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General Chat Thread, Anything against the use of personal equipment in schools. in General; We have a teacher who likes to use his personal laptop in school on the interactive whiteboard etc. We (Head ...
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    fairm010's Avatar
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    Anything against the use of personal equipment in schools.

    We have a teacher who likes to use his personal laptop in school on the interactive whiteboard etc.

    We (Head of IT & Myself) would like this to stop, as we cant be sure of the personal content on the laptop.

    I am well aware if it should be in our AUP etc but iv'e just taken over this school and don't want to go poking in areas that i shouldn't yet and it is just a small primary so no BYOD or anything like that here.

    Are there any government / Ofsted guidelines against the use of personal equipment in schools?

    Matt

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    X-13's Avatar
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    Quote Originally Posted by fairm010 View Post
    Are there any government / Ofsted guidelines against the use of personal equipment in schools?
    The head can't say they aren't allowed to use it because...?

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    fairm010's Avatar
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    Quote Originally Posted by X-13 View Post
    The head can't say they aren't allowed to use it because...?
    You try doing that here! :P

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    localzuk's Avatar
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    There's no Ofsted rules preventing this as far as I know.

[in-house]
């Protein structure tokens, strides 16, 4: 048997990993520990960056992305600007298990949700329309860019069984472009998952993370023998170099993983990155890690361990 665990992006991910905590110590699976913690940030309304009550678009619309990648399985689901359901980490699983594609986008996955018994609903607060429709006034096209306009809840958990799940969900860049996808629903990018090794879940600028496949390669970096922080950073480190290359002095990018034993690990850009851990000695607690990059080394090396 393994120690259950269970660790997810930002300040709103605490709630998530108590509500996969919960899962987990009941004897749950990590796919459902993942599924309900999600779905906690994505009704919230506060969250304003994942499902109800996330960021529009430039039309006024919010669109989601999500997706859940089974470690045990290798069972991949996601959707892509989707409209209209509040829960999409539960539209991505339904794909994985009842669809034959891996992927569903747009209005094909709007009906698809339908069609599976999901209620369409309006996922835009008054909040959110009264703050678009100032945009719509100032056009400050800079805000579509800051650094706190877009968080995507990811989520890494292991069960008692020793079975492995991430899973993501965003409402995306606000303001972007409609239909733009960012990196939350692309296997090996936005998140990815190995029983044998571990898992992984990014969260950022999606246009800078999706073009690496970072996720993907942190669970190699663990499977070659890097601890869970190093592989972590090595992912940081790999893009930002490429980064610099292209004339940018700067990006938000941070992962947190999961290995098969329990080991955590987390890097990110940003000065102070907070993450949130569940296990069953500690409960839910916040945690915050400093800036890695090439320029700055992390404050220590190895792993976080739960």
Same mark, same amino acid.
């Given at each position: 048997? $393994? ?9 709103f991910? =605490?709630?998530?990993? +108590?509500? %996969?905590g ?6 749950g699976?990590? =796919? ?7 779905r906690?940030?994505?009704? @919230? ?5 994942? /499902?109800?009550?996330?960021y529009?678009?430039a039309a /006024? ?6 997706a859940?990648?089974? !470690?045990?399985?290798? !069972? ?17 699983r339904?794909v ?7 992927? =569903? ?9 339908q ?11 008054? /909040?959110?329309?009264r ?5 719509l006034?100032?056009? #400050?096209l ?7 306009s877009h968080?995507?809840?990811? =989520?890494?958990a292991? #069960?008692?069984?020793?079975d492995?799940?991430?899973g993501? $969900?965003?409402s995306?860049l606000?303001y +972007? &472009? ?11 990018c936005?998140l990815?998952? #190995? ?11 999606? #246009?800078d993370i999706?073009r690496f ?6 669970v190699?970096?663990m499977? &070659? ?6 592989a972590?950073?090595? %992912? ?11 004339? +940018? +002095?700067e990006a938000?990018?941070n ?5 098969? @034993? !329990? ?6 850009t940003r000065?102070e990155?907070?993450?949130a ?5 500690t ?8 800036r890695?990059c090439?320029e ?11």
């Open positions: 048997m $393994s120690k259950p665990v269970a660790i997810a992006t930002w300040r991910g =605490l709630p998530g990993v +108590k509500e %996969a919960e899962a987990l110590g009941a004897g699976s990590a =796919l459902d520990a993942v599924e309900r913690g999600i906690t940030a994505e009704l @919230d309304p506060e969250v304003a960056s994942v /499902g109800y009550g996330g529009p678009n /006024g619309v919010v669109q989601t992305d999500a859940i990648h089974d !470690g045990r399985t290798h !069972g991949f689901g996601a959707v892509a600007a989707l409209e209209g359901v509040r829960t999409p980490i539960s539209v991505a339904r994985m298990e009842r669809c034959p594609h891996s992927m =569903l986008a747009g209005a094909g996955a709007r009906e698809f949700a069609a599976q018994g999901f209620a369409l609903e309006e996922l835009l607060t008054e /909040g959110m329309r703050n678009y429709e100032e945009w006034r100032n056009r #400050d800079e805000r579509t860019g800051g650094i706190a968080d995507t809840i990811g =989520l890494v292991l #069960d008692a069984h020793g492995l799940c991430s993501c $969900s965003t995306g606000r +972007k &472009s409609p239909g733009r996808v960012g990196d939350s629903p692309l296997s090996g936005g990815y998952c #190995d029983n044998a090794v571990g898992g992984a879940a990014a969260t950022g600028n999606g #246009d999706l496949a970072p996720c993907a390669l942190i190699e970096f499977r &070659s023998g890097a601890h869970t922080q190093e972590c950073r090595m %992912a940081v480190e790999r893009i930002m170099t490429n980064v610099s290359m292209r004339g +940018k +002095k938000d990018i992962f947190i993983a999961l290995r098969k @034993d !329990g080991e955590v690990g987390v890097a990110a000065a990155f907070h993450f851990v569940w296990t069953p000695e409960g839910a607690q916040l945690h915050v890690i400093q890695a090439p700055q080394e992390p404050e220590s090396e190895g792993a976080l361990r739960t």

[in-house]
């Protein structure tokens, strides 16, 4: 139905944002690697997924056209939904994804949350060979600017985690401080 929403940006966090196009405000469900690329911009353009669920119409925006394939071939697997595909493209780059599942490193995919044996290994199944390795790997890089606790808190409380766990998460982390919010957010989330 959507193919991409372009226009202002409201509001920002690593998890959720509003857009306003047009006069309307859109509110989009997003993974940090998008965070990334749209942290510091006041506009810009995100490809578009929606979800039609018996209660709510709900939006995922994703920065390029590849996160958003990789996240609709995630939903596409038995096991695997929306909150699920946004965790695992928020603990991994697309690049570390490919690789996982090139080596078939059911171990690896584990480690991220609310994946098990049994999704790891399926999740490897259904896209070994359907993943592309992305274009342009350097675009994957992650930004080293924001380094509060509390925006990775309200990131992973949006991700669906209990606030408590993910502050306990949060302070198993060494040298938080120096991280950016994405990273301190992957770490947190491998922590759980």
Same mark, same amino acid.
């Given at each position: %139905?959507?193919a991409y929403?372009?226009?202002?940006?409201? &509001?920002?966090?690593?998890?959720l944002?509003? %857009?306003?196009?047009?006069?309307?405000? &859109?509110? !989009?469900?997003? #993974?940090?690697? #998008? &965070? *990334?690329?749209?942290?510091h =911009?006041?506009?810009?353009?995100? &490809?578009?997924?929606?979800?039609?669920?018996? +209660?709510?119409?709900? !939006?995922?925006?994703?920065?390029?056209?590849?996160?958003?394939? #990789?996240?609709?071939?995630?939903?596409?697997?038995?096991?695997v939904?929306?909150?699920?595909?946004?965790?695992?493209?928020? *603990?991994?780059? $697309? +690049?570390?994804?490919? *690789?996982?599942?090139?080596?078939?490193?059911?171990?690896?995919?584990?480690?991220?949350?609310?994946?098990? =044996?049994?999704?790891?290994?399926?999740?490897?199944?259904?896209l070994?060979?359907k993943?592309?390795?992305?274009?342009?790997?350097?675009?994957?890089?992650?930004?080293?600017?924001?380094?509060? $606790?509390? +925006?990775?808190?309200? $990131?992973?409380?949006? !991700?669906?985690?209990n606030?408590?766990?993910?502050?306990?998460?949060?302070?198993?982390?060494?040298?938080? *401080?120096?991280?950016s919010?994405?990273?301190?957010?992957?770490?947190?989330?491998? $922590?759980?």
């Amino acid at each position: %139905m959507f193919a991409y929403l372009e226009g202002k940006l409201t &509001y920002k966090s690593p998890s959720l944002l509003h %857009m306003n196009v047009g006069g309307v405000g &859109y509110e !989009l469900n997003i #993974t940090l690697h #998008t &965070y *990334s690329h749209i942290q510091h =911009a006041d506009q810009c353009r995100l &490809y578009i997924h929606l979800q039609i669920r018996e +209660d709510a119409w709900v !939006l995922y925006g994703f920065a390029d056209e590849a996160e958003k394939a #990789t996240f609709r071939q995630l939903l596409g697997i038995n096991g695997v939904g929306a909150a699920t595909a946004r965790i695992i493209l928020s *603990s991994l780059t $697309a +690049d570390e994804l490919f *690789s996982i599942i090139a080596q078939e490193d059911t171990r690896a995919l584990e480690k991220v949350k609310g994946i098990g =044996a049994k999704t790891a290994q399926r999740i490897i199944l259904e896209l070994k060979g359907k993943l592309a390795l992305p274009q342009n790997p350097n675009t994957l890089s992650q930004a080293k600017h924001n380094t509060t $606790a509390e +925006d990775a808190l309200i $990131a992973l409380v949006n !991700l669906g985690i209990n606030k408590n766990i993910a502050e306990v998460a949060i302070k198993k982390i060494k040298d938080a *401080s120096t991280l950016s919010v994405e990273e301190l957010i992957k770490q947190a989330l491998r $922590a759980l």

The issues as I'd see them are:

    1. Security - is this thing being plugged into your network, but is outside your control for things like AV?
    2. Liability - who is responsible if some child smashes it?
    3. Unsuitable material - this is an issue that isn't technology specific, it'd be like them bringing a bag in with porn in it, you can't create an IT specific rule here.
    4. Electrical safety - has the power lead passed the same level of scrutiny that the equipment owned by the school has?
    5. Software licensing - by them using it in a professional capacity in school, they are effectively using the device with implied permission from the school, so if they're breaking any copyright rules etc... then the school would be culpable.

    Now, I don't think a 'ban' on such things would necessarily be the best course of action. I'd more be ensuring policy states that all of the above must be complied with, define the liability etc... You could segment it off on your network if that's possible, so it doesn't present a security risk there. Then, if they still want to jump through all those hoops, then they would be able to.

  5. Thanks to localzuk from:

    elsiegee40 (27th February 2013)

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    fairm010's Avatar
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    Quote Originally Posted by localzuk View Post
    There's no Ofsted rules preventing this as far as I know.

    The issues as I'd see them are:

    1. Security - is this thing being plugged into your network, but is outside your control for things like AV?
    2. Liability - who is responsible if some child smashes it?
    3. Unsuitable material - this is an issue that isn't technology specific, it'd be like them bringing a bag in with porn in it, you can't create an IT specific rule here.
    4. Electrical safety - has the power lead passed the same level of scrutiny that the equipment owned by the school has?
    5. Software licensing - by them using it in a professional capacity in school, they are effectively using the device with implied permission from the school, so if they're breaking any copyright rules etc... then the school would be culpable.

    Now, I don't think a 'ban' on such things would necessarily be the best course of action. I'd more be ensuring policy states that all of the above must be complied with, define the liability etc... You could segment it off on your network if that's possible, so it doesn't present a security risk there. Then, if they still want to jump through all those hoops, then they would be able to.
    Thankyou, kind of stuff im looking for!

    Matt

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    Danp's Avatar
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    Do you run Server 2008R2? Just block his mac address from getting an IP

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    X-13's Avatar